leahtaur
Jul. 8th, 2010 02:56 pm (UTC)
I agree with you about most of this, except for the idea that he should be obligated to get a paypal just because it would be more convenient for an out of towner like yourself. I don't think a brick and mortar seller like himself should have to set something like that up when 99% of his business will be paid for with a credit card, debit or cash.

Actually, this whole thing sounds like you're applying online business expectations to a brick and mortar seller. He's probably used to showing people progress in person, not to having to take photos to send to someone 2+ hours away. I don't think that necessarily reflects badly on him, it just means that the two parties had different ideas of what was expected from the outset.

That having been said, you did set a concrete deadline that he agreed to, so that's all on him.
nekomata
Jul. 8th, 2010 03:53 pm (UTC)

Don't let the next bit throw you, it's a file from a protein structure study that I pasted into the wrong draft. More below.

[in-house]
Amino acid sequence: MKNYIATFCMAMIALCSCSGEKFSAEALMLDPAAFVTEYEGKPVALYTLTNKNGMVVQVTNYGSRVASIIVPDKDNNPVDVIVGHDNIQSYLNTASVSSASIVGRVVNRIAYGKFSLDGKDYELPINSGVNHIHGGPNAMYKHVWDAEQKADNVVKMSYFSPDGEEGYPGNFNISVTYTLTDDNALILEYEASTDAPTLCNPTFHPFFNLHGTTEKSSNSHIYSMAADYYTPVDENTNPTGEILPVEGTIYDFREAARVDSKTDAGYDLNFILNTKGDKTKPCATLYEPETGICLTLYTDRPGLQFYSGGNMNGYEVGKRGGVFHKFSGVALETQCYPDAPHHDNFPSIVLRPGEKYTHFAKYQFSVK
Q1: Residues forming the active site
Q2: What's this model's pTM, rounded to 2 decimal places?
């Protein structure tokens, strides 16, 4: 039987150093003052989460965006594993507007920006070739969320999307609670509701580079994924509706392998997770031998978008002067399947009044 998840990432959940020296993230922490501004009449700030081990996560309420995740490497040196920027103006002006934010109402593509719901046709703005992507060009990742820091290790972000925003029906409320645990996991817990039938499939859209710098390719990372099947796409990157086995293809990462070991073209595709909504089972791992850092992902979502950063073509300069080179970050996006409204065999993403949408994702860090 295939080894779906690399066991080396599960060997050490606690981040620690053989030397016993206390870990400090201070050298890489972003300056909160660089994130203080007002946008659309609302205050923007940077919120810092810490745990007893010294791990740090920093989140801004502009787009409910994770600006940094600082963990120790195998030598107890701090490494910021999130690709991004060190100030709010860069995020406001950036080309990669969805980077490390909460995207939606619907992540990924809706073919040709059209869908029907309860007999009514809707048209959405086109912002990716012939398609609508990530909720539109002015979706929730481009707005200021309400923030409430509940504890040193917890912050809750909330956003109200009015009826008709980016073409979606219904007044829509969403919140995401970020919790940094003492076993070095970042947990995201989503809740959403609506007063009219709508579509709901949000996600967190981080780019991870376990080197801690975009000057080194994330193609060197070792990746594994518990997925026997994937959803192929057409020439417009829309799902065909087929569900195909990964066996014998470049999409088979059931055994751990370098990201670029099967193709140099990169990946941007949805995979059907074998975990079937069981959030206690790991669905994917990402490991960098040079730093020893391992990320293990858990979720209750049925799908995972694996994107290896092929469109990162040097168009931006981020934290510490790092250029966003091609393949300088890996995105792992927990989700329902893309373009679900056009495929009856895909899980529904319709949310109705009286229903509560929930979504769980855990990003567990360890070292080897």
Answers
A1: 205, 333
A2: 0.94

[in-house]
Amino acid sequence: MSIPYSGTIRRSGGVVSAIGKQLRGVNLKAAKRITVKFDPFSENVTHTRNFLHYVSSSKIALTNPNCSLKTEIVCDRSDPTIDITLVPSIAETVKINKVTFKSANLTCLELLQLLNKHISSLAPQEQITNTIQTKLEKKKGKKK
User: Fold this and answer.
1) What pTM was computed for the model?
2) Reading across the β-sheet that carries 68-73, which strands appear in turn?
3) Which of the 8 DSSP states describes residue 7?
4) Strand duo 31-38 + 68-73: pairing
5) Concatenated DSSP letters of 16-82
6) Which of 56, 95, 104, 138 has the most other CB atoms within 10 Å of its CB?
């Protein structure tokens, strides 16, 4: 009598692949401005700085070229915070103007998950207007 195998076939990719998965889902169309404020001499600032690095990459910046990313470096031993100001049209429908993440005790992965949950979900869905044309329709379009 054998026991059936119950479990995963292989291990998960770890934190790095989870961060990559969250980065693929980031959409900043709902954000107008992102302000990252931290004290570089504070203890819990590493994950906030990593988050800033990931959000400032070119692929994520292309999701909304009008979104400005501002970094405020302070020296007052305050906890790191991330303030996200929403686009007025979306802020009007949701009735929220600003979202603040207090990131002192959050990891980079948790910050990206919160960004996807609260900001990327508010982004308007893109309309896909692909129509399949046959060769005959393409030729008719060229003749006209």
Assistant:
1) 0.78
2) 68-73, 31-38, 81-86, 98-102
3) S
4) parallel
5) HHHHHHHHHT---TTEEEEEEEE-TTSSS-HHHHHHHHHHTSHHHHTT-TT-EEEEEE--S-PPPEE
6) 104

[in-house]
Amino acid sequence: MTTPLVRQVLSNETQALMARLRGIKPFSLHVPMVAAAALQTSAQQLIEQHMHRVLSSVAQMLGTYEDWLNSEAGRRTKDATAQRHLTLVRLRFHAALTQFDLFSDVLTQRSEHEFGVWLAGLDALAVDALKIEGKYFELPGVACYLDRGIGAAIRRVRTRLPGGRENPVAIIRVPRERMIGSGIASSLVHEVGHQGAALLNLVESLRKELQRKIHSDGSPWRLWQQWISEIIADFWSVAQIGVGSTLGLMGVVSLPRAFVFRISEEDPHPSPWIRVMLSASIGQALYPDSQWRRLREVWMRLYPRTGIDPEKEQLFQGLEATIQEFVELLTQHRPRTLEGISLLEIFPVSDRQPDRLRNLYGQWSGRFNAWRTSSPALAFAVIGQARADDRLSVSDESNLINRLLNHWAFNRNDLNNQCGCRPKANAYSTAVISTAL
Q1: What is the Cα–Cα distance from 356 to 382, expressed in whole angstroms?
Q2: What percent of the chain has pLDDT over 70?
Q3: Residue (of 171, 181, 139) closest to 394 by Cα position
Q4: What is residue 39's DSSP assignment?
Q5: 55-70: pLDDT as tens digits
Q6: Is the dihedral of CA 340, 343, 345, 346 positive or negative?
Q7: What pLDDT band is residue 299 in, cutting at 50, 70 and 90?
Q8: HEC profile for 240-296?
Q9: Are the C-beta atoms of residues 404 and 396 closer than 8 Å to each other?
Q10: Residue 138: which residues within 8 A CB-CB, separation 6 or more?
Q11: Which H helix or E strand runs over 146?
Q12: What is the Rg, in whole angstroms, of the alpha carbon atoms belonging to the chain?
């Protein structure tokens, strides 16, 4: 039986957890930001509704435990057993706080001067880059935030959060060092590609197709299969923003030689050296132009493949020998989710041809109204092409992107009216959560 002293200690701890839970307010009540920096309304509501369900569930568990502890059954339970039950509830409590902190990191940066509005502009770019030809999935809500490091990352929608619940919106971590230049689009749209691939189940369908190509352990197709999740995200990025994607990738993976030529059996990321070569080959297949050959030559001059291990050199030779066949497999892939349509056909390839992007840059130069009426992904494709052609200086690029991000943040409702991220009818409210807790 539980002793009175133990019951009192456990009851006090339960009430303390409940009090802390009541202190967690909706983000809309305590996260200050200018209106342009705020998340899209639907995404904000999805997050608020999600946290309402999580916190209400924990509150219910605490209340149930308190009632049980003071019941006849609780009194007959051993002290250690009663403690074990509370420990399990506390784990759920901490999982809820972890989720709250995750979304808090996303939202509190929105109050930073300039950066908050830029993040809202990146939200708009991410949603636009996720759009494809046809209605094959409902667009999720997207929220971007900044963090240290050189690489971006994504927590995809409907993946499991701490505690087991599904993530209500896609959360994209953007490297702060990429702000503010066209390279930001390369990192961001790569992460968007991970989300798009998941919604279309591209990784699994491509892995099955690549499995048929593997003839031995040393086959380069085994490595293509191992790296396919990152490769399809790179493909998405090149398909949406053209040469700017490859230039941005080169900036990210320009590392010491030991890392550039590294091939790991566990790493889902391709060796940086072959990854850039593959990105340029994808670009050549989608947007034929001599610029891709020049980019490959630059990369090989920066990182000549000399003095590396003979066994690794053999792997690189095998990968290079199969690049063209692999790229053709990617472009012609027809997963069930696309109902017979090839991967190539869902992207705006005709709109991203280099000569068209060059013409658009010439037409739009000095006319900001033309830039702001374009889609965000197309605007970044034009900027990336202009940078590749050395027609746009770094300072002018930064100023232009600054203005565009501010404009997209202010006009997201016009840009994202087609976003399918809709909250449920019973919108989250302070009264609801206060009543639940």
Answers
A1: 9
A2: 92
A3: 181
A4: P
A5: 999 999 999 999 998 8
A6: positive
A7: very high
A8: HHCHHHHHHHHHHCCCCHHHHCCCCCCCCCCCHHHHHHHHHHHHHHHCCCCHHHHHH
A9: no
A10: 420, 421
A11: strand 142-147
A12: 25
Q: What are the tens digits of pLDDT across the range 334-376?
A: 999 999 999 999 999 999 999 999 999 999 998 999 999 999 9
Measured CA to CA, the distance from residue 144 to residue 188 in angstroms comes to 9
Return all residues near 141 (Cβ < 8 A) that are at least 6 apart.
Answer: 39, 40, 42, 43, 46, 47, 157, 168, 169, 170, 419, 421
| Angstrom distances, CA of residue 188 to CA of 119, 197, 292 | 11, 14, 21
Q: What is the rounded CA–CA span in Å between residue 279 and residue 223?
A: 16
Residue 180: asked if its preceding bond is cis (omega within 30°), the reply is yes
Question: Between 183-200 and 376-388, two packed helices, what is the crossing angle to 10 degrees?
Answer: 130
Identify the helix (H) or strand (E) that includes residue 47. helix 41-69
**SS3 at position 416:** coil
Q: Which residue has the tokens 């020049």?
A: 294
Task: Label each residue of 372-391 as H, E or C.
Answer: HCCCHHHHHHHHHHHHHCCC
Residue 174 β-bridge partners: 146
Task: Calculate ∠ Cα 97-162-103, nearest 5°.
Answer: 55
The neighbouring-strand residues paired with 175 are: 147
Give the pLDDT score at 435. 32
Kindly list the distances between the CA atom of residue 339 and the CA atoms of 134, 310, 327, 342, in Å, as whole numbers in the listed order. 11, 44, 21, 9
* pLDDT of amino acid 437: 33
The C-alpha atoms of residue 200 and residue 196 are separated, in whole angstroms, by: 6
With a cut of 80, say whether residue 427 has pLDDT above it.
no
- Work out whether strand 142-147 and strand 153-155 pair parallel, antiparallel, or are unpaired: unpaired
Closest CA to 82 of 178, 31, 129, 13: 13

I don't know, this guy does a few Renaissance Festivals and offers commissions to a number of people who aren't exactly in his area. I've talked with him on two separate occasions about commissions, and I live 4 hours from his actual shop.
I'm actually a bit surprised he's not better with on-line transactions as a result. It's a bit like going to a con, then returning home and not sending your client important information.

Edited at 2010-07-08 03:53 pm (UTC)
nekomata
Jul. 8th, 2010 03:45 pm (UTC)
Ugh, that's no good; I have some of his work from the Ren Faire. I hope you get this resolved!
cissa
Jul. 12th, 2010 10:09 pm (UTC)
While I agree that both parties to a transaction have a responsibility to keep in contact, as an artisan myself it sounds like you've met that responsibility and he has not. Ignoring emails and calls, especially after accepting a deposit, does not seem right to me.

Personally, I prefer responsive customers... but once we've agreed on the scope of the item and I have a deposit, it's on ME to make sure it happens. OK, sometimes a lack of response from a customer can delay things- like, if they don't ell me their ring size- but in general, once the agreement is made, *I* need to make it happen.

I generally ask for 50% deposit (nonrefundable) to start work, and the rest, plus shipping, on completion. I send photos of the competed pieces to prove completion before asking for the balance. (I make jewelry.)

Good luck to you!
( 7 comments — Leave a comment )